Thanks also for the Link to Erik Lerouge Yachts. I'll have a look.

    Eric
     
  14. yves
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    yves Junior Member

    Yes I know about the Qwerty! (lived in California for a while, in Santa Barbara in fact :) ), the "French" keyboards are "Azerty" (also the first line of letters starting upper left to right), takes quite a bit of time to switch from one to the other ...
     

  15. capt vimes
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    capt vimes Senior Member

    since i asked the other day in another thread (http://www.boatdesign.net/forums/sailboats/monohull-wing-mast-45994-2.html) about running rigging going up the mast and how they are lead in a wingmast or free standing mast configuration...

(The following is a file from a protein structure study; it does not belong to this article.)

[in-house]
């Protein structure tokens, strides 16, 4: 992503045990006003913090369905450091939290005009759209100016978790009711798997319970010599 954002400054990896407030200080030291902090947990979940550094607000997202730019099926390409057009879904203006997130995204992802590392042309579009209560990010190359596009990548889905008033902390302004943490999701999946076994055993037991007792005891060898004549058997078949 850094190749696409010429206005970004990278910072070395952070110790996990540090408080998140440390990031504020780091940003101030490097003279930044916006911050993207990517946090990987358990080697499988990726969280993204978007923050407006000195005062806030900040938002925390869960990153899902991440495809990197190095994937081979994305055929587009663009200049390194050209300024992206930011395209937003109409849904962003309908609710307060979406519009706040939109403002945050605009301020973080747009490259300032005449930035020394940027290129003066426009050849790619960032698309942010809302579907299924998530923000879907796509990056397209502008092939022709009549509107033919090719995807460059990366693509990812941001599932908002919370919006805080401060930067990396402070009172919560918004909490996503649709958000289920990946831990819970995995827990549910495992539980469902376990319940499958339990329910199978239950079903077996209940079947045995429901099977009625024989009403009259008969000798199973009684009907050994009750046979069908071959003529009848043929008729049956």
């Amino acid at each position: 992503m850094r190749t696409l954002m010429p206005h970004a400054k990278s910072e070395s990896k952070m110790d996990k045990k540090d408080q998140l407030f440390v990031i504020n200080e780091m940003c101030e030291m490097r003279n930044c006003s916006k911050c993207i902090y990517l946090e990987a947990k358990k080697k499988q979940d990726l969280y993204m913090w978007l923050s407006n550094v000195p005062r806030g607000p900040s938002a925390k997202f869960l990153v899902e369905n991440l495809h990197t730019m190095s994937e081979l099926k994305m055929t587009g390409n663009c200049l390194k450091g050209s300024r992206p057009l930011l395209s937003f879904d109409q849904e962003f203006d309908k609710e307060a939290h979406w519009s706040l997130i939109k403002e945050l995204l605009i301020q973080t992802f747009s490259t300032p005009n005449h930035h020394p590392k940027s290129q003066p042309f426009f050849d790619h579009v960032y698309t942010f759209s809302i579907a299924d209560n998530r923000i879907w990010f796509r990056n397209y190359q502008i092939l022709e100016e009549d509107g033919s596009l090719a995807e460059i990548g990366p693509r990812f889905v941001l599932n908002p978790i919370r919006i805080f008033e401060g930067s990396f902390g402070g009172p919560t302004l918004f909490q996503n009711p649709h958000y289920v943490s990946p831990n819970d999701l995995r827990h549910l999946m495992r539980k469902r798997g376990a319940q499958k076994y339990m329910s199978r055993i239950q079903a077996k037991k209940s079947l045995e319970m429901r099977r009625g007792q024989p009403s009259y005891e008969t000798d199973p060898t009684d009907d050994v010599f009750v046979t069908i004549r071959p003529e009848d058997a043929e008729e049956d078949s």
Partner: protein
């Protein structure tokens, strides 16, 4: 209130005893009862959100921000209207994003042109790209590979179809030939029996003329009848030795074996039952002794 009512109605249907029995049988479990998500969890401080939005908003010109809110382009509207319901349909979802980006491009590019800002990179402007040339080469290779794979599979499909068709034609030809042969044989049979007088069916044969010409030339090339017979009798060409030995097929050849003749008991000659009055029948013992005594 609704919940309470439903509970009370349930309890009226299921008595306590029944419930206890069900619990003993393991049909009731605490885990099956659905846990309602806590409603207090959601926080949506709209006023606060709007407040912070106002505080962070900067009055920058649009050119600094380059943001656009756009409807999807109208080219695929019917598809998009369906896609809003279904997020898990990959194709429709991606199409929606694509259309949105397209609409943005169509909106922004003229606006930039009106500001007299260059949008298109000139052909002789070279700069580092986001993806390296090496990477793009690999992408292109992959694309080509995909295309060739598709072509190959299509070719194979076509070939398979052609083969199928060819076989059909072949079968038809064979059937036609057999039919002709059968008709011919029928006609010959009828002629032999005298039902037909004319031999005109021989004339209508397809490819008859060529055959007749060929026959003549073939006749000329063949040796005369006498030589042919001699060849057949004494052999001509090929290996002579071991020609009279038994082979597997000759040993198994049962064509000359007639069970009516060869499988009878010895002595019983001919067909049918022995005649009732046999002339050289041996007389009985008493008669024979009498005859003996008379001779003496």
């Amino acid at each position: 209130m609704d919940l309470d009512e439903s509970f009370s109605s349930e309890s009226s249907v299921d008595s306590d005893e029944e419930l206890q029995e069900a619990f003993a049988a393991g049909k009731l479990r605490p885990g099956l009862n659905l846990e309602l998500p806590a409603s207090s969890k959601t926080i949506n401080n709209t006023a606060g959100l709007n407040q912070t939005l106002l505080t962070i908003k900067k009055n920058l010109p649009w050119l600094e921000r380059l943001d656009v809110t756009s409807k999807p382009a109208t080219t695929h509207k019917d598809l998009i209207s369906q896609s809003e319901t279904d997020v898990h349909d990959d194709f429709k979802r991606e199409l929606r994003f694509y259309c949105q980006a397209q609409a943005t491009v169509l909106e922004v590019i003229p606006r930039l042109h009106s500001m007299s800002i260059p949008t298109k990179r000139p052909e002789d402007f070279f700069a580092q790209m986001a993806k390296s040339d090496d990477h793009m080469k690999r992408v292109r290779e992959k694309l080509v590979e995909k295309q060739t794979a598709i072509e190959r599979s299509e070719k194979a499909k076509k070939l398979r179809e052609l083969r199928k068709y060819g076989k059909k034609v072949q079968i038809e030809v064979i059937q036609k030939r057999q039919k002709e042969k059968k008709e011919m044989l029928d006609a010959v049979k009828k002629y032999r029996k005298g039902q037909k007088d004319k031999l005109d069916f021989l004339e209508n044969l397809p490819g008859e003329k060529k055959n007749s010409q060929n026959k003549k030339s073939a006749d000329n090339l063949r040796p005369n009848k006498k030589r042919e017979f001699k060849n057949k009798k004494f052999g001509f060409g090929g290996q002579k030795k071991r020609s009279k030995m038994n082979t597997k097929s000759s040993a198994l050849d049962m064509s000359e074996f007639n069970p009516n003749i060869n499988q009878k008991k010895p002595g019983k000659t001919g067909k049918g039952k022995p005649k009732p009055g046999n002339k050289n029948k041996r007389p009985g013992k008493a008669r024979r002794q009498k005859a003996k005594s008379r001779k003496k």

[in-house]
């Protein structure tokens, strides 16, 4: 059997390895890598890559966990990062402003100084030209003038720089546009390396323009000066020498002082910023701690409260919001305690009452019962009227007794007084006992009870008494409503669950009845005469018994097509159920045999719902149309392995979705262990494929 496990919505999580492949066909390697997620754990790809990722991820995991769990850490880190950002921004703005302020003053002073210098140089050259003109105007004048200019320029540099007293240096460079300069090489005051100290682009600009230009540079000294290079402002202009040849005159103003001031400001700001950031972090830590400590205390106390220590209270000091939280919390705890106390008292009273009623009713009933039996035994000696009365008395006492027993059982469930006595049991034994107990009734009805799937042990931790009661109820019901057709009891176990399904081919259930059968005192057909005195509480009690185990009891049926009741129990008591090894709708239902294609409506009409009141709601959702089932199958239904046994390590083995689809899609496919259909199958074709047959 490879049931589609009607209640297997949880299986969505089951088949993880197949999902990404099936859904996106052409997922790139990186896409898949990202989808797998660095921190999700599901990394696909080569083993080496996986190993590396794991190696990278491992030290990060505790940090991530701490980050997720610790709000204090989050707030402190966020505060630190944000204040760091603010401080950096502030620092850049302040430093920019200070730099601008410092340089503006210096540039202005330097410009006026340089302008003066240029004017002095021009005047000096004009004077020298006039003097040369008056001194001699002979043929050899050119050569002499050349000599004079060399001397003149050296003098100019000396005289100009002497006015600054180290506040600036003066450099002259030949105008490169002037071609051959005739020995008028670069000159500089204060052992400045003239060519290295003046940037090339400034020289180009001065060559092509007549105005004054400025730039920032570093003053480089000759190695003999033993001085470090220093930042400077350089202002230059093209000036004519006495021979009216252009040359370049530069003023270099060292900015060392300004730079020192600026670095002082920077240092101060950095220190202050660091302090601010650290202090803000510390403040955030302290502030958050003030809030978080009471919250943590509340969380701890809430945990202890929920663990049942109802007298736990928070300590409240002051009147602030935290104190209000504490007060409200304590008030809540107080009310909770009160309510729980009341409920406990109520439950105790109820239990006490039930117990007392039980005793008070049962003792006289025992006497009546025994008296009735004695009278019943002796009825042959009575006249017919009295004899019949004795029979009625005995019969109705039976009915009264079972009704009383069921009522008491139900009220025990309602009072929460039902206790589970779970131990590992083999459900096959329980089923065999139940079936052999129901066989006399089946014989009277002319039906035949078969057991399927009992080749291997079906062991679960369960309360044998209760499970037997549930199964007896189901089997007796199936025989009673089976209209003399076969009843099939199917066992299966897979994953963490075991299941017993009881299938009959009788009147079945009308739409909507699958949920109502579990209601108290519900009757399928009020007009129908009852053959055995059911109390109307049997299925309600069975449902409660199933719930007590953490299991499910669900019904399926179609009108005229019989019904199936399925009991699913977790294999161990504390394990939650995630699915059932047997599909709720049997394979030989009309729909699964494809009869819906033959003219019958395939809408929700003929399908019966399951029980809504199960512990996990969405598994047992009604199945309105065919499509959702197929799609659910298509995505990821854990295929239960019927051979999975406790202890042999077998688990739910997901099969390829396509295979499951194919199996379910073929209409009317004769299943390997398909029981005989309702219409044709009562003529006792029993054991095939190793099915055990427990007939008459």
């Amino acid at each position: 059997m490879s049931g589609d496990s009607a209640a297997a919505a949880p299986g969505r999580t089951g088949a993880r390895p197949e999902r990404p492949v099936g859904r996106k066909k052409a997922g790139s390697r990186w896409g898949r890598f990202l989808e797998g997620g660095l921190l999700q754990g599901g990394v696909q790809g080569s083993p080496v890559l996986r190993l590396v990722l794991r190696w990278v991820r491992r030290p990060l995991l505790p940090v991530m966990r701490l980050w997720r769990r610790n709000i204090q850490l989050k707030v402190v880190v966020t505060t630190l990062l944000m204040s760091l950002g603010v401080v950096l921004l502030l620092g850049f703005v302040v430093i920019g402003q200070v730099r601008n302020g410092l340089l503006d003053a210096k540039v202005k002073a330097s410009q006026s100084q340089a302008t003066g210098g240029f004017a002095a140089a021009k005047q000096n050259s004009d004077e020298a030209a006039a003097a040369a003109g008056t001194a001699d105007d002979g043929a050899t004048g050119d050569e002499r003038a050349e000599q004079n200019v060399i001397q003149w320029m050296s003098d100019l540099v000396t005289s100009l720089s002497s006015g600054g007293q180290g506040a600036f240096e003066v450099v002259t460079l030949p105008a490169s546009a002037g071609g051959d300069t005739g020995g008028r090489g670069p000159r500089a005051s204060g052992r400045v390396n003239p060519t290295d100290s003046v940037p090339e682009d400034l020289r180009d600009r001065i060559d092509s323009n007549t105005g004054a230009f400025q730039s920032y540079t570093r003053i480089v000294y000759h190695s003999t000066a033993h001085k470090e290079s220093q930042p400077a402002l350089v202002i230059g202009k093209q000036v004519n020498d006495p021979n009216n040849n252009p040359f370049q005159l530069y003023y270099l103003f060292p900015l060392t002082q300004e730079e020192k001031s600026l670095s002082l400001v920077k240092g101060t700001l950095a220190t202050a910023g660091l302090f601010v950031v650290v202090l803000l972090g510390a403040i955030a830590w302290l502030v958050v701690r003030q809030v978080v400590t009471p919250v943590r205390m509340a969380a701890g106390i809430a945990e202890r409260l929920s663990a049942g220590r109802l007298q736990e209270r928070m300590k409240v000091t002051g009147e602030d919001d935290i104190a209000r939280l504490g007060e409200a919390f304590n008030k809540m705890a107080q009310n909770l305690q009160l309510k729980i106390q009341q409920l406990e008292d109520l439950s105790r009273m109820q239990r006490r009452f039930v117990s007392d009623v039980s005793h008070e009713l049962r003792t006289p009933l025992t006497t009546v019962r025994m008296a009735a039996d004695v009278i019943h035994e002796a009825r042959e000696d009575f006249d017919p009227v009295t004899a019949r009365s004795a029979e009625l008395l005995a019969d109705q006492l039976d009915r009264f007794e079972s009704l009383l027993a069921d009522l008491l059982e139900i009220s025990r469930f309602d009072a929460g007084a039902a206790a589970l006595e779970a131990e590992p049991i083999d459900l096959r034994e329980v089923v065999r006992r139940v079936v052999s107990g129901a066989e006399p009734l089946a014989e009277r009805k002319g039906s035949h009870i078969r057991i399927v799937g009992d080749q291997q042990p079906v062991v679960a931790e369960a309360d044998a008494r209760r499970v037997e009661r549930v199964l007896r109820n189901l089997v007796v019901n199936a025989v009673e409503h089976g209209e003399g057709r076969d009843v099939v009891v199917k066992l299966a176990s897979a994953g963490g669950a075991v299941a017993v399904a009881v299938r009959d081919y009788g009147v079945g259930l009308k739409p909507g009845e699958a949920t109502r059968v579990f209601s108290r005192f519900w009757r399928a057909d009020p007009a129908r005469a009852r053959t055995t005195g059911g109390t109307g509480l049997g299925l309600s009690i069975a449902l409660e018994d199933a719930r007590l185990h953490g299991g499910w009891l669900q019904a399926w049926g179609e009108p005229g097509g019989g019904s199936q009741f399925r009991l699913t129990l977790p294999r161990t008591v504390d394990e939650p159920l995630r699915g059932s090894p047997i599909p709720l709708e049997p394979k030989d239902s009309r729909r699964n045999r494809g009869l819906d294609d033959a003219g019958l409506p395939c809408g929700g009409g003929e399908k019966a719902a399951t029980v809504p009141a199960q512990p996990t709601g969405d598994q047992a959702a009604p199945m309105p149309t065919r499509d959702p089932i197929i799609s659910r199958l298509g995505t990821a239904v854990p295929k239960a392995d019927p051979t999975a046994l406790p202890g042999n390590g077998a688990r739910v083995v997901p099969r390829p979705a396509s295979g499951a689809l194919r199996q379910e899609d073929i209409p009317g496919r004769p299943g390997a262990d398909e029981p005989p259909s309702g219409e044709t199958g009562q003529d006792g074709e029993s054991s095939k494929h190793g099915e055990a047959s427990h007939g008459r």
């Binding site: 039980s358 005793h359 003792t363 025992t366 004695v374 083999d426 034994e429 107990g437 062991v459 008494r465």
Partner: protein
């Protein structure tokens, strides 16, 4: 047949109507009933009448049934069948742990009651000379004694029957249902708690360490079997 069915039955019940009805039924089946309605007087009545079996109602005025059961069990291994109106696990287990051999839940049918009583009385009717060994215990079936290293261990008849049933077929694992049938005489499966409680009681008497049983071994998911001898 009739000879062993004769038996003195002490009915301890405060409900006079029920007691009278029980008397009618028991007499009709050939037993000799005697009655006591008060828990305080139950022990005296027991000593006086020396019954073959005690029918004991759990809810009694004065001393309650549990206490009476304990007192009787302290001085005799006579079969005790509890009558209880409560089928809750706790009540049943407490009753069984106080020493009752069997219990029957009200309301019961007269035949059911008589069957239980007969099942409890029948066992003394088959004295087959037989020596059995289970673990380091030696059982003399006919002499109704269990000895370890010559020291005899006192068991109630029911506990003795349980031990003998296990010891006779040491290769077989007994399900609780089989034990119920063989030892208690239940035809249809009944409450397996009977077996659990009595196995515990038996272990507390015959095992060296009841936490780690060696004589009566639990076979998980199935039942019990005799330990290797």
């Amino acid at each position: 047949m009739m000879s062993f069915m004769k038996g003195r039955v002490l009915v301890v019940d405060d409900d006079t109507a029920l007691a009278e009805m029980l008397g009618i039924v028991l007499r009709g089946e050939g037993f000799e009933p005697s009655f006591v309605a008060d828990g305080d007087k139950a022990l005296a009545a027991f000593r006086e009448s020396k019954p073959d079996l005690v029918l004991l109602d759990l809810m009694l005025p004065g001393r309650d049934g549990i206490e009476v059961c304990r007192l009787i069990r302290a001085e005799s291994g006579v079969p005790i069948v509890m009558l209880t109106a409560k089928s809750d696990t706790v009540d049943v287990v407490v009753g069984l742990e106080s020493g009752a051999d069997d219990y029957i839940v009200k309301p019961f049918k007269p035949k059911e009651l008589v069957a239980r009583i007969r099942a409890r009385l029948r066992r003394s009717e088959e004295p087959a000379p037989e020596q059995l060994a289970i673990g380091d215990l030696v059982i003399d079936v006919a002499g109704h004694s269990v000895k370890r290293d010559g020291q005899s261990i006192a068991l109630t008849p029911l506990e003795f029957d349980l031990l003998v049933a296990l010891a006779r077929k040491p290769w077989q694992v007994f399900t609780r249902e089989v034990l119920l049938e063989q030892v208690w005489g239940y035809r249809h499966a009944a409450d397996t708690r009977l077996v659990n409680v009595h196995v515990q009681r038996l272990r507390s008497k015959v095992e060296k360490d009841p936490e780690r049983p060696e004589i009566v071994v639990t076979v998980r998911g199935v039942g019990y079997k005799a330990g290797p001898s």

there is an interesting paragraph in the mini class rule:
    from: http://www.classemini.com/?mode=jauge-classe-mini

    this means - if i got it right - you either run all the lines not in but outside of the mast, or you bring them down to the mastfoot and from there back to the cockpit...
    why isn't it enough to bring the lines out just above deck and seal the mast from deck to the mastfoot?
    you do not have any leaks into the boat in the case of a capsize either...
    why has the mast to be watertight up to the 1st halyard?
    deck stepped masts are also not watertight, nor do they have to be...

    this is a stupid rule - makes no sense to me and probably one of the reasons why nobody tried this approach before...